Advanced Skills Week - More Skills & New Techniques


Skill Level : Students should have attended the SKILLS WEEK 

Cost : £590

Duration : 5 Days

Test Piece : A veneered, laminated and dovetailed jewellery box, with lock and lift out tray.  Amaze yourself with your abilities!

Other : All tools and equipment will be provided

Dates : 

9-13 April 2018
30 July -3 August 2018

 

About the Advanced Cabinetmaking Skills Course


 The Advanced Skills Week is the perfect follow-on course to the Skills Week or Skills Weekend, if you have the basic skills under your belt, this will give you the chance to review and refine those critical cabinetmaking elements of planing, sawing and chiselling. We will then build on those skills with some new techniques, including some laminating and veneering, to make an elegant dovetailed jewellery box.

The cornerstone of all cabinetmaking is accurate planing, a little revision of basic technique, some gossamer thin shavings, will be followed by preparation of the main box components. Dovetails are still the best solution for joining wood together at a corner but to raise your game a little, and make the dovetails look more exciting, we’ll lay out and cut some really attractive ‘Hound’s Tooth’ dovetails, this will give you the chance to reinforce and build on those other key skills, sawing and chiselling.

A small tray inside a box is a useful way of keeping contents under some sort of control and the process of making crisp precise mitred corner joints in fine material will introduce a new skill-set , a new jig, a contrasting veneer reinforcement and a new gluing strategy.

Veneering & Laminating are techniques that tend to go hand-in-hand, are a natural progression to using solid wood and will take your cabinetmaking to a whole new level, but for this to be successful you will need to understand how to incorporate a dimensionally stable material with a material that keeps moving, without them both getting into a fight.

Veneering and laminating open up huge opportunities for adding decoration and shape into your work (and allow you to disguise MDF!) Low tech ‘Hammer Veneering’ with hot glue, and high tech Vacuum Presses, or just using loads of clamps, are all relevant , so you’ll have the opportunity to try each technique. Add making your own Inlays & Bandings into the equation and you really have the icing on the cake.

Letting metalwork into wood is another important milestone for a cabinetmaker, usually coming close to the end of a project, it’s vital that you have a fool-proof method of fitting hinges and locks. You will learn about hinge positioning, pivot-points, how to make fine adjustments and how to make a standard Butt Hinge work like a Stop Hinge. Having fitted the lock, making and fitting a diamond shaped escutcheon will be the final finishing touch.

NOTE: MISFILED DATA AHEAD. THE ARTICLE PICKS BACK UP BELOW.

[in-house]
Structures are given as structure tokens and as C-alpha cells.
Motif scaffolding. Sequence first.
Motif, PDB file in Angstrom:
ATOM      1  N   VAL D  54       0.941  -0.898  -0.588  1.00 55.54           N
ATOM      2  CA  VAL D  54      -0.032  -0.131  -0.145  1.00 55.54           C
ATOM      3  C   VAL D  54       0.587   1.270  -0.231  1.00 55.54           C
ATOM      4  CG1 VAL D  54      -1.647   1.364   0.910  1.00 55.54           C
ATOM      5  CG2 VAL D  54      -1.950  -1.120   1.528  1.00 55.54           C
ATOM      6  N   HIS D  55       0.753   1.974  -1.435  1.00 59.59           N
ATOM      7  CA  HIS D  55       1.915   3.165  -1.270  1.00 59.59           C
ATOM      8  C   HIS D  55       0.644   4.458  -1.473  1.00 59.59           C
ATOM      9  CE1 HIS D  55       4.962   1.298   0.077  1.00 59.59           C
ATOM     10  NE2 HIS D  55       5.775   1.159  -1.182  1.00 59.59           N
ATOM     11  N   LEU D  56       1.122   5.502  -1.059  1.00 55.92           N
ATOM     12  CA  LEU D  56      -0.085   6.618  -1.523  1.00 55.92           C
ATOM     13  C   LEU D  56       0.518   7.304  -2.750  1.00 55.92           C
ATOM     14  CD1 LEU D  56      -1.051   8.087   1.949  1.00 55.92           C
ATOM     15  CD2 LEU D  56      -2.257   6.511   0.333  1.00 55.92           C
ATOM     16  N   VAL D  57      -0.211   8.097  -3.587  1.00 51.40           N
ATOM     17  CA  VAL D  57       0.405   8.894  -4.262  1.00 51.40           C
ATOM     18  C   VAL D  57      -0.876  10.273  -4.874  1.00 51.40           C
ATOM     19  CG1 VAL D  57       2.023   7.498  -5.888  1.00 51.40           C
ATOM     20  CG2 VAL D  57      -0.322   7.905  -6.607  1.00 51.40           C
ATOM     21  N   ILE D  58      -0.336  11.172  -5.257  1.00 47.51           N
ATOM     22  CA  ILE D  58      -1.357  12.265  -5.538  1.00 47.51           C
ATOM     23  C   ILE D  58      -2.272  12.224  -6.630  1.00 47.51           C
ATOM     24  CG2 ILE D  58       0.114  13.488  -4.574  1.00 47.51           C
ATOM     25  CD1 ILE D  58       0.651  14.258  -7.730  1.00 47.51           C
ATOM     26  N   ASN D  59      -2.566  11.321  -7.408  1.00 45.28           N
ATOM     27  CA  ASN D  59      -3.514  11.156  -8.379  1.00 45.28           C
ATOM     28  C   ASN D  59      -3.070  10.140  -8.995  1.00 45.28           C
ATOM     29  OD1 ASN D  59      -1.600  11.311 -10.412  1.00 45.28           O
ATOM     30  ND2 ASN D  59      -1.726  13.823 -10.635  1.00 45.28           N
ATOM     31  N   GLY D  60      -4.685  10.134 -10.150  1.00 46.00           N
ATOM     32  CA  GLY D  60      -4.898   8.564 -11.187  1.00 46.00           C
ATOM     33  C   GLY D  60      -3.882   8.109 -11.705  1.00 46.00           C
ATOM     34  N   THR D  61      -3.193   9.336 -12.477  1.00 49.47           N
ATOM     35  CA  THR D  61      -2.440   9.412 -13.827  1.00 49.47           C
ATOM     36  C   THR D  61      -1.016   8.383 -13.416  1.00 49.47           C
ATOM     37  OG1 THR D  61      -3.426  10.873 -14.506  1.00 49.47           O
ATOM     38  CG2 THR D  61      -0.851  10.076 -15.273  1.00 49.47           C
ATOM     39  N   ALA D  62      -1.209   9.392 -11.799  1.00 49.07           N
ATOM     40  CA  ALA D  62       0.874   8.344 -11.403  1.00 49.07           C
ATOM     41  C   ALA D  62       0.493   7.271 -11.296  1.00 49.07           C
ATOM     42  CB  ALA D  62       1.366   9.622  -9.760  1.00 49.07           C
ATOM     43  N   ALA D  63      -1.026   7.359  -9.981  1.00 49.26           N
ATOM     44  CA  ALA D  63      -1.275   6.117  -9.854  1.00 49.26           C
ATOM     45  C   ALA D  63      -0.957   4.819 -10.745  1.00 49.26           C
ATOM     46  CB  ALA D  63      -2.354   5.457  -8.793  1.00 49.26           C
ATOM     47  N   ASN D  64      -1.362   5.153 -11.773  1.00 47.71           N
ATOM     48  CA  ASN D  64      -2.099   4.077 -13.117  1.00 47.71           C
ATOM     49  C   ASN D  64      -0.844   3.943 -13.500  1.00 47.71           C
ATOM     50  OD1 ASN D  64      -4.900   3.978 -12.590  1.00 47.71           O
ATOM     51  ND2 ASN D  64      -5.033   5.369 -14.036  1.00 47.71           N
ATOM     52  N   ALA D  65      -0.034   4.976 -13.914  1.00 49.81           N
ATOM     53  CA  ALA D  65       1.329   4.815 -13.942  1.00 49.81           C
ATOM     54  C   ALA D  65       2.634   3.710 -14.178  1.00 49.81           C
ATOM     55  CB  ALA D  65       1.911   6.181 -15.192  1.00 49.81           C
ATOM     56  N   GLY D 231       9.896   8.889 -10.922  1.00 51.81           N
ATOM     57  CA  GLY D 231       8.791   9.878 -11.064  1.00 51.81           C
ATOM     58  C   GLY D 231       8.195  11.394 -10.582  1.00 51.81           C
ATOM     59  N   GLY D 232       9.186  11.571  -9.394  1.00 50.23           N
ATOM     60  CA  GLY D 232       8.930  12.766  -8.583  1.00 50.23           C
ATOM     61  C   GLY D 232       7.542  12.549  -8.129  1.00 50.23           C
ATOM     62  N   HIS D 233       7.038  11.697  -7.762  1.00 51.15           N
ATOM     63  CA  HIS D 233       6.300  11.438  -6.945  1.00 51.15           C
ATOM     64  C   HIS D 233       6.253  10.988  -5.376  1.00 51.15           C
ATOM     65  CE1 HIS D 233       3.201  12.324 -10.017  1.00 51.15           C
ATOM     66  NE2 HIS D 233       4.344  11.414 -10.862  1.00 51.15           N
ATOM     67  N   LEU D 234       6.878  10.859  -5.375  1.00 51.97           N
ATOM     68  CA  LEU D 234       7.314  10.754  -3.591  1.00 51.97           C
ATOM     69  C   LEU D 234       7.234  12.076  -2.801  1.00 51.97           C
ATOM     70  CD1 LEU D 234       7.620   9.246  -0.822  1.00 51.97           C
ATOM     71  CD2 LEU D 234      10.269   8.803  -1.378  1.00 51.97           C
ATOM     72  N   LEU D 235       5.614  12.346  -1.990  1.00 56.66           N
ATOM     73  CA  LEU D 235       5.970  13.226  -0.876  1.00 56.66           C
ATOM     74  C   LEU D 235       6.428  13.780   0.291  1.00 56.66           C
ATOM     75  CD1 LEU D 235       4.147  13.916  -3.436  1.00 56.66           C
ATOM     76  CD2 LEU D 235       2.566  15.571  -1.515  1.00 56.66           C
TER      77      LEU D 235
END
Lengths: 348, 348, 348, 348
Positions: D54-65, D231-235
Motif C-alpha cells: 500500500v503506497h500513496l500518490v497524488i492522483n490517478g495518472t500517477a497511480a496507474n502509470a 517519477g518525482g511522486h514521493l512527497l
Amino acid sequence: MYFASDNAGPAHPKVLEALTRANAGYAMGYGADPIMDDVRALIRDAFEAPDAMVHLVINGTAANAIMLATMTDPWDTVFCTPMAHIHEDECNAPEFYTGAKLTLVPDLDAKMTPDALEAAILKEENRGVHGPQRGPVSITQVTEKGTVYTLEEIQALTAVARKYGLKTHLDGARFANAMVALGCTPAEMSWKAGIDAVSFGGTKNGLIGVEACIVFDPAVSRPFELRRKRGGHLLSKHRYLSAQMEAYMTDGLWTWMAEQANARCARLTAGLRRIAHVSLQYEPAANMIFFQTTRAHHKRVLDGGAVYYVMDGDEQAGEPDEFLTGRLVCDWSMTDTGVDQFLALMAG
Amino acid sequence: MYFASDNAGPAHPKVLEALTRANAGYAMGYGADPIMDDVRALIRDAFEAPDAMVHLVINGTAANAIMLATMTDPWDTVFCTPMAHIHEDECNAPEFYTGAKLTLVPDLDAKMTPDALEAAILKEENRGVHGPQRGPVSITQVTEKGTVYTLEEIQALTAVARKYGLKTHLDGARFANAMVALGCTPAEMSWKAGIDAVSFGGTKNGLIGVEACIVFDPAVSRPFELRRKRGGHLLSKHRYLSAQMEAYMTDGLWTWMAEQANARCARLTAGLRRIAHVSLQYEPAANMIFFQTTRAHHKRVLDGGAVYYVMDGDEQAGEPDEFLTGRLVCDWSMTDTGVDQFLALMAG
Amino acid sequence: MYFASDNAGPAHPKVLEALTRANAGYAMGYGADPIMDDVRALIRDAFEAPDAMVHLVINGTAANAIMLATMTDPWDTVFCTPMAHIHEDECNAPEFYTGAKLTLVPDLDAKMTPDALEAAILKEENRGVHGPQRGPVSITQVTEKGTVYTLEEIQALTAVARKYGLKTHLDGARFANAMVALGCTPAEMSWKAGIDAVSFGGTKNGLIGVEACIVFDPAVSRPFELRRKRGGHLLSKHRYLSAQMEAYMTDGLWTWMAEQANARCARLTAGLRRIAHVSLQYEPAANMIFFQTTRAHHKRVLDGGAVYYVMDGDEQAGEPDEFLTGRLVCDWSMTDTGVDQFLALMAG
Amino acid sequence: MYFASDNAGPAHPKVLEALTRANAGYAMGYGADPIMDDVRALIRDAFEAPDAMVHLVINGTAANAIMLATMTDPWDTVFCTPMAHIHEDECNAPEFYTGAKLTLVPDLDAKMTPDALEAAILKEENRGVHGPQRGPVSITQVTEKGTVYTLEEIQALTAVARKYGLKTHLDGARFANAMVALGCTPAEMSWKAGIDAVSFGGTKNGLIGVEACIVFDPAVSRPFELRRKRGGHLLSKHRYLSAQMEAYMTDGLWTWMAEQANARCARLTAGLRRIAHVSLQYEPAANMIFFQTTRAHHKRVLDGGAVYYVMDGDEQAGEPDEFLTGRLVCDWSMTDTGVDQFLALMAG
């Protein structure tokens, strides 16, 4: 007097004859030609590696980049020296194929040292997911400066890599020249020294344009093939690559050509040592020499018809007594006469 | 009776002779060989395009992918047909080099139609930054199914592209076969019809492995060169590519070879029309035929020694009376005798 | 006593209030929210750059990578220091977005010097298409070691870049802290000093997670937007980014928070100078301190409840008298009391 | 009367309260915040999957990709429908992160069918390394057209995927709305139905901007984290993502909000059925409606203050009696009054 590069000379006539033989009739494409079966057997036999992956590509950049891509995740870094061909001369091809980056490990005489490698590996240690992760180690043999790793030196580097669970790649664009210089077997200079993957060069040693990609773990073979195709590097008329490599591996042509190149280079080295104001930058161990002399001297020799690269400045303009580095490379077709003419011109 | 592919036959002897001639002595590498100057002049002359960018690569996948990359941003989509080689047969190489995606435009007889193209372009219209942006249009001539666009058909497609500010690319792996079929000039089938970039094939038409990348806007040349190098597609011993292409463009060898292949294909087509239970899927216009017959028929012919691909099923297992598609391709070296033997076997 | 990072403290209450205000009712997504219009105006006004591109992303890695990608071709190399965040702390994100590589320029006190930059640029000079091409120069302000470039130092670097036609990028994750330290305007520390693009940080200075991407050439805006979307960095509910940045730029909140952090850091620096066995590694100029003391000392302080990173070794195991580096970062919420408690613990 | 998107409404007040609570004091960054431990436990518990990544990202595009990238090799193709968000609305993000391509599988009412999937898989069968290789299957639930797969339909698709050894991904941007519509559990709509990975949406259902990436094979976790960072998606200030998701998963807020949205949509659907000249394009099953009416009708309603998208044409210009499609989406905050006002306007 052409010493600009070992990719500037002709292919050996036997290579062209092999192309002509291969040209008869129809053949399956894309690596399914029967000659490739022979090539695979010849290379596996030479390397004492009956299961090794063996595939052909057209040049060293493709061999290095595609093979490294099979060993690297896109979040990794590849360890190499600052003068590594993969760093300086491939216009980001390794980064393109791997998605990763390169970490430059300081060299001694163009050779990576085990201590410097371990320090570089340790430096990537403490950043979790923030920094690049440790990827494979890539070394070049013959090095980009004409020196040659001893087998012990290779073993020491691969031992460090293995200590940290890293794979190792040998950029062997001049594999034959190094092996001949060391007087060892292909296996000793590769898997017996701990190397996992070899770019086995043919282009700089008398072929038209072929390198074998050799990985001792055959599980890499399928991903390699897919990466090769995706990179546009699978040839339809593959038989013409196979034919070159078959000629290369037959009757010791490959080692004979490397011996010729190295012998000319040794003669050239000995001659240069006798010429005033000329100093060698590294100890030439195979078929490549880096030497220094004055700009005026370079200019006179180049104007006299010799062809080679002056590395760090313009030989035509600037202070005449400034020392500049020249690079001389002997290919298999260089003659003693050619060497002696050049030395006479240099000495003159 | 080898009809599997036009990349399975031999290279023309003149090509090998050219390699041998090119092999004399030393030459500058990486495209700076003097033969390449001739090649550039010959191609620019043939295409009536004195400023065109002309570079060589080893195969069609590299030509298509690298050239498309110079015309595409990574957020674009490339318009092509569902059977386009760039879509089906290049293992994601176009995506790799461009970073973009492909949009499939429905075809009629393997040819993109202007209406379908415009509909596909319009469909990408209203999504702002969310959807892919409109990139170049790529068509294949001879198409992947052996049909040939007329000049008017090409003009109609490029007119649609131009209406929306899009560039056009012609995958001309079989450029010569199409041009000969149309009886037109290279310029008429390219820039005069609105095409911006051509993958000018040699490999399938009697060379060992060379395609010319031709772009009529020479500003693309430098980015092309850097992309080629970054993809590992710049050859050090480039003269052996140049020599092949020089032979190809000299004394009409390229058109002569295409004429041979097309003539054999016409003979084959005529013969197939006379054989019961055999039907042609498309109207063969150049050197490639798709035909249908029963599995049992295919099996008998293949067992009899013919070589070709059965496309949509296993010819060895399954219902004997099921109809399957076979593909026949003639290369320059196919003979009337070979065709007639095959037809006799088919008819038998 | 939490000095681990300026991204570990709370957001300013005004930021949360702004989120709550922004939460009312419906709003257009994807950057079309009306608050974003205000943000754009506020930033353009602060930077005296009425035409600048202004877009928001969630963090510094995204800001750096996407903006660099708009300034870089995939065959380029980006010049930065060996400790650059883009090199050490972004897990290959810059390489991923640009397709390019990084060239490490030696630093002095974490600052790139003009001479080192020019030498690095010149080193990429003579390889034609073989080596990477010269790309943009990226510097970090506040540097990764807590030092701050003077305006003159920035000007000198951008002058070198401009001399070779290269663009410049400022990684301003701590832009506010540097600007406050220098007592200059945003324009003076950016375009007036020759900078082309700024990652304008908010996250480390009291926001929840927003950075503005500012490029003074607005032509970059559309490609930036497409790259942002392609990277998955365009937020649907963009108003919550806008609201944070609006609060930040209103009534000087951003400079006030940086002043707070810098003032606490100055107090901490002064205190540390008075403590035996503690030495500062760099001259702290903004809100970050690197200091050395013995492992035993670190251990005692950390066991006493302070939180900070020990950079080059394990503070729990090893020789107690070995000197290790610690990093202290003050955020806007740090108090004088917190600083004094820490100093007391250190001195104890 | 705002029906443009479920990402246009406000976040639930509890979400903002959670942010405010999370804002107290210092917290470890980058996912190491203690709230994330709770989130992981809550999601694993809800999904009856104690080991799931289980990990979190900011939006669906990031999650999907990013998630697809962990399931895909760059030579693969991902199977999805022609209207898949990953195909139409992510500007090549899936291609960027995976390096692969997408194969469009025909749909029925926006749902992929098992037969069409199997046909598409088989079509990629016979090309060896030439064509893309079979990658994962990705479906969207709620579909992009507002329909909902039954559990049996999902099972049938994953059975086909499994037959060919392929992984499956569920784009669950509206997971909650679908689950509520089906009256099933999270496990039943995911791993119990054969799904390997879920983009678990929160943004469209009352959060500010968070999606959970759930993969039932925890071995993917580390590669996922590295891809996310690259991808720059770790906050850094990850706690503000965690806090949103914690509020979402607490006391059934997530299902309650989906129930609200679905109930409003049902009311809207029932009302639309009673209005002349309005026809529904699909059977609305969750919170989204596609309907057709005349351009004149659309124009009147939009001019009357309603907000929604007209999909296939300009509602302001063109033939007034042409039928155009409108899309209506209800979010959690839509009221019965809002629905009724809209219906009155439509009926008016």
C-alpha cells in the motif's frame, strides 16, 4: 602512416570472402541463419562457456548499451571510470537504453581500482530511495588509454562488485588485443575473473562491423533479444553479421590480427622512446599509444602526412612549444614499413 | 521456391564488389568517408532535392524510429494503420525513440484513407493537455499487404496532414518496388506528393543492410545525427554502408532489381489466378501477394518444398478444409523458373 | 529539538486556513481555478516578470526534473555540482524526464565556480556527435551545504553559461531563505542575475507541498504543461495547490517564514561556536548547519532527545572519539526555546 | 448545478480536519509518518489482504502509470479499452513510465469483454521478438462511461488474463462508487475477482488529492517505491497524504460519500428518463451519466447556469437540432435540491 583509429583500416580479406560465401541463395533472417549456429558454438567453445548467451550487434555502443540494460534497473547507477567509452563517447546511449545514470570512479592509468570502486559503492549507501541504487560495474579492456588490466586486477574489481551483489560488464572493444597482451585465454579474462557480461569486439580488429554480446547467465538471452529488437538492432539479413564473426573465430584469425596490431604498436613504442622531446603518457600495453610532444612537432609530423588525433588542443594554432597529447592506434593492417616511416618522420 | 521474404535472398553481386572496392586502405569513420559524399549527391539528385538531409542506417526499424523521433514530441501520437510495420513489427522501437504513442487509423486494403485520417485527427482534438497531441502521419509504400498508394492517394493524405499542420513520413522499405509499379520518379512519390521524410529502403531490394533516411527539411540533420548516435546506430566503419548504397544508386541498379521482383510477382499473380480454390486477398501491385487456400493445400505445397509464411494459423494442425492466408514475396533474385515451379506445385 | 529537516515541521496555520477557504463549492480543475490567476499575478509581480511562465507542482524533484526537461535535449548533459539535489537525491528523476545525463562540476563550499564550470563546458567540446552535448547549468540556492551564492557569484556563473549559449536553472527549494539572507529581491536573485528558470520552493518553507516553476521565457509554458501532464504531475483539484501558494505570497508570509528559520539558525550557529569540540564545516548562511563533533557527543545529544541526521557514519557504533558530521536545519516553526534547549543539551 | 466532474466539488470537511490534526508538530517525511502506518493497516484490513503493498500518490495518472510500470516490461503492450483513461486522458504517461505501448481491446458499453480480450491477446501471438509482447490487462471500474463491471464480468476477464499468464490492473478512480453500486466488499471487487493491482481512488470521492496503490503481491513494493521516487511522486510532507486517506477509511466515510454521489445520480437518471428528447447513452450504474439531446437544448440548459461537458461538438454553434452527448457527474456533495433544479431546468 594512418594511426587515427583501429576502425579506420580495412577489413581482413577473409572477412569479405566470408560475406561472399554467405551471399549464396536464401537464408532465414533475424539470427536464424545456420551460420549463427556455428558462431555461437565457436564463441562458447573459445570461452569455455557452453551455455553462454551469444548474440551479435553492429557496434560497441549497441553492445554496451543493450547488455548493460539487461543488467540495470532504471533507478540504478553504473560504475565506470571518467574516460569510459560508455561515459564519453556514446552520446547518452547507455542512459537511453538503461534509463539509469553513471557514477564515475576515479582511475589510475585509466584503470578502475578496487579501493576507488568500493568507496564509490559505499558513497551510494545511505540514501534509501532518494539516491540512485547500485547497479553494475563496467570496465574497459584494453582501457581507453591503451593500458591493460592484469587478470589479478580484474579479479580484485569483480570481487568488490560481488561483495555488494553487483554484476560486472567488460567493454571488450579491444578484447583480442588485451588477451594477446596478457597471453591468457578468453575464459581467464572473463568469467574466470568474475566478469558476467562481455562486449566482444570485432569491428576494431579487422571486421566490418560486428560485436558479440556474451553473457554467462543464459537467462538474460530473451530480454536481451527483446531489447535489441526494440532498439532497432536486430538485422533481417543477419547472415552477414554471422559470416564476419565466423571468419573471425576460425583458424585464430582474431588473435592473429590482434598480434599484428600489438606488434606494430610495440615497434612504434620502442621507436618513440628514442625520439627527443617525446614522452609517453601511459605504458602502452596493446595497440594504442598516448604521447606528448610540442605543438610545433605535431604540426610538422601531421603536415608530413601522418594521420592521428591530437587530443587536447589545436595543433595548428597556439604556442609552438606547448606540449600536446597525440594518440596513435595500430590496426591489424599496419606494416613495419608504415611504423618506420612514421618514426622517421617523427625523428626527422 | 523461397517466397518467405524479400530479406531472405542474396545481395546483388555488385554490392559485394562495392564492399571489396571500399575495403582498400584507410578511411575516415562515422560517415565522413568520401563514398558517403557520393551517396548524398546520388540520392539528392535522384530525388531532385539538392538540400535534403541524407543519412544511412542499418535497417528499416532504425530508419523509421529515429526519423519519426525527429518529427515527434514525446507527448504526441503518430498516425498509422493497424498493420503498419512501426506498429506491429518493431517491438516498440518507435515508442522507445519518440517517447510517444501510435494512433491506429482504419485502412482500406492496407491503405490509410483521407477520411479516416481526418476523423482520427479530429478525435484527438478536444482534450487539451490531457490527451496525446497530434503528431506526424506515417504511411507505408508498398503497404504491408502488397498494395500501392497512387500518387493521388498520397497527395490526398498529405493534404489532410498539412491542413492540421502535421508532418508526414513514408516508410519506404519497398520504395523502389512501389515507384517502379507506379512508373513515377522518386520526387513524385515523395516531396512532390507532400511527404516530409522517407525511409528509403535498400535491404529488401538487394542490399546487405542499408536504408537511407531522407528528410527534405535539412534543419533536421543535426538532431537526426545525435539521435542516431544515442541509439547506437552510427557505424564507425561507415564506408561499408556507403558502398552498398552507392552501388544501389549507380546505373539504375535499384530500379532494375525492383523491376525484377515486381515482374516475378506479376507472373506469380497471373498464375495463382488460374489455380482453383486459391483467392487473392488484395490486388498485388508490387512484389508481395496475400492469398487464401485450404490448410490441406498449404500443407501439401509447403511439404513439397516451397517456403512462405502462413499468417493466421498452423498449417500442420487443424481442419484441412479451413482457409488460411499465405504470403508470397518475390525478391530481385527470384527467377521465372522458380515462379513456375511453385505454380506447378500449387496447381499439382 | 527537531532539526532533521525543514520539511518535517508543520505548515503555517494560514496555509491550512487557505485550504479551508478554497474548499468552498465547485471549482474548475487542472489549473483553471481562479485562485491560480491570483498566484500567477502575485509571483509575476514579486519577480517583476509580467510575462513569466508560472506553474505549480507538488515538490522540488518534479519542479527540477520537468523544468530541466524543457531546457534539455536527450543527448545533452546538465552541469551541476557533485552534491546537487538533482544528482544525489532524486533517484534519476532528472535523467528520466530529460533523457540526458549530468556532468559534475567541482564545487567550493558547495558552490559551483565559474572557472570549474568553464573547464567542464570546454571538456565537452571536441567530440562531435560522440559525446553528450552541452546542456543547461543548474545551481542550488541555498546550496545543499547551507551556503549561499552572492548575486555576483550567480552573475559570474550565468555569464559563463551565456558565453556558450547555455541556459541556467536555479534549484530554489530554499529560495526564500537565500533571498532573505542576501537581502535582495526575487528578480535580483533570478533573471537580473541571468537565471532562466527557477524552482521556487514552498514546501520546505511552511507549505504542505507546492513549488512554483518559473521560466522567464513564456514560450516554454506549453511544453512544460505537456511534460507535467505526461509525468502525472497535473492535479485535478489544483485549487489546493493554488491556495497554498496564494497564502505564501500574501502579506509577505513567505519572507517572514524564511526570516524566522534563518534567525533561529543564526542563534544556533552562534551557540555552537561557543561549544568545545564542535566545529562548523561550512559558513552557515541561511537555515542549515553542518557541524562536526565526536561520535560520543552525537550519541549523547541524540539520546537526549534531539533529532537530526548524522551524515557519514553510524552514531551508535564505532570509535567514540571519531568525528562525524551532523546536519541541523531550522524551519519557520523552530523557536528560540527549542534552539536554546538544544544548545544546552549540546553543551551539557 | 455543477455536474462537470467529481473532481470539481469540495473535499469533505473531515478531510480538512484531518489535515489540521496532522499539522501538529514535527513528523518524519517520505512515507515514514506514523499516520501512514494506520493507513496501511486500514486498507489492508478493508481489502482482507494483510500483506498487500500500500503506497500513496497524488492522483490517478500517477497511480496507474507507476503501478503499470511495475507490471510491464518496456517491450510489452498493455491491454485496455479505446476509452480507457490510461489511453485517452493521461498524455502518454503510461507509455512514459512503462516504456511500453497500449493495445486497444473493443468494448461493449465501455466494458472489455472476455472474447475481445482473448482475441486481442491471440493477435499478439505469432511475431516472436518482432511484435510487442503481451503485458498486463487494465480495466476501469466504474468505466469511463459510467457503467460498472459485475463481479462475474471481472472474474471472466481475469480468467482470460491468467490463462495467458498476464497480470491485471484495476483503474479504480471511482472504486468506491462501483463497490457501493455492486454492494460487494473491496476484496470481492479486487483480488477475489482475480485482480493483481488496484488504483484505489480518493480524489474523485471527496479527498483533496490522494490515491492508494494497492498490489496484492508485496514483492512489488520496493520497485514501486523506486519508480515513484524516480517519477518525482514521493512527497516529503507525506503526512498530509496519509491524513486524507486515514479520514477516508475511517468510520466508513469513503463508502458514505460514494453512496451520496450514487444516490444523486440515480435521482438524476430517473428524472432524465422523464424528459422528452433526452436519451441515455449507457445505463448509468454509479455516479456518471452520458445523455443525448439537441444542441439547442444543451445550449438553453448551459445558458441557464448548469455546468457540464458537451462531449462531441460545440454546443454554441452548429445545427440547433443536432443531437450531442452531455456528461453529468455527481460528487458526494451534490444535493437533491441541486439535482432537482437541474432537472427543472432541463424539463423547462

As usual a full set of razor sharp tools will be provided, knowing how to sharpen them would be useful for this course but is not critical.

 

Project images to follow shortly

 

 

What you will learn


PREPARING TIMBER TO FINE TOLERANCES – A little bit of a recap on planing technique to prepare the main components for a box

HOUND’S TOOTH DOVETAILS – Taking ‘Through Dovetails’ to the next level with pins of different lengths. Centuries old, but still probably the best, technique for jointing bits of wood on a corner, ‘Hounds Tooth Dovetails’ are the perfect way to build on those vital sawing and chiselling skills.

HAMMER VENEERING – An introduction to a delightfully simple method of sticking bits of veneer down without the need for any sort of press, just using animal glue and an oddly shaped piece of wood – prepare to get hot and sticky (you’ll hardly notice the smell!!)

LAMINATING – A technique that has something of the Dark Arts about it – used to make things eye-catching, stable and curvaceous, although not necessarily all at the same time. We’ll look at suitable glues, together with high and low-tech pressing solutions.

DECORATIVE BANDINGS – Making a decorative banding is just so much more satisfying than buying an off the shelf number, giving complete control over design, size, colours…….. Having made it you’ll learn how to let it in to a veneered surface.

EDGE TREATMENTS – A chamfered edge will give an elegant aid for lid opening

LETTING IN BUTT HINGES – There’s no room for mistakes when letting metal fittings into wood. Just to make things more interesting we’ll turn a standard butt hinge into a stop-hinge

FITTING A LOCK – After fitting hinges, fitting a lock shouldn’t be too challenging, another excellent way of learning how to use a chisel with absolute precision.

MAKING AND FITTING AN ESCUTCHEON – An elegant diamond-shaped reinforcement for a key hole, again, handmade, this time using a router for part of the process.

MAKING A SMALL TRAY WITH MITRED CORNERS – A strategy for planing very thin components, and cutting accurate mitres, always a test for a cabinetmaker. Donkeys are often used in woodworking, for this joint we’ll be using a donkey’s ear! Adding veneer keys in the corners will give a decorative reinforcement and some hand-cut ‘pockets’ in the ends give an introduction to a carving chisel and result in a finger hold for removing the tray.

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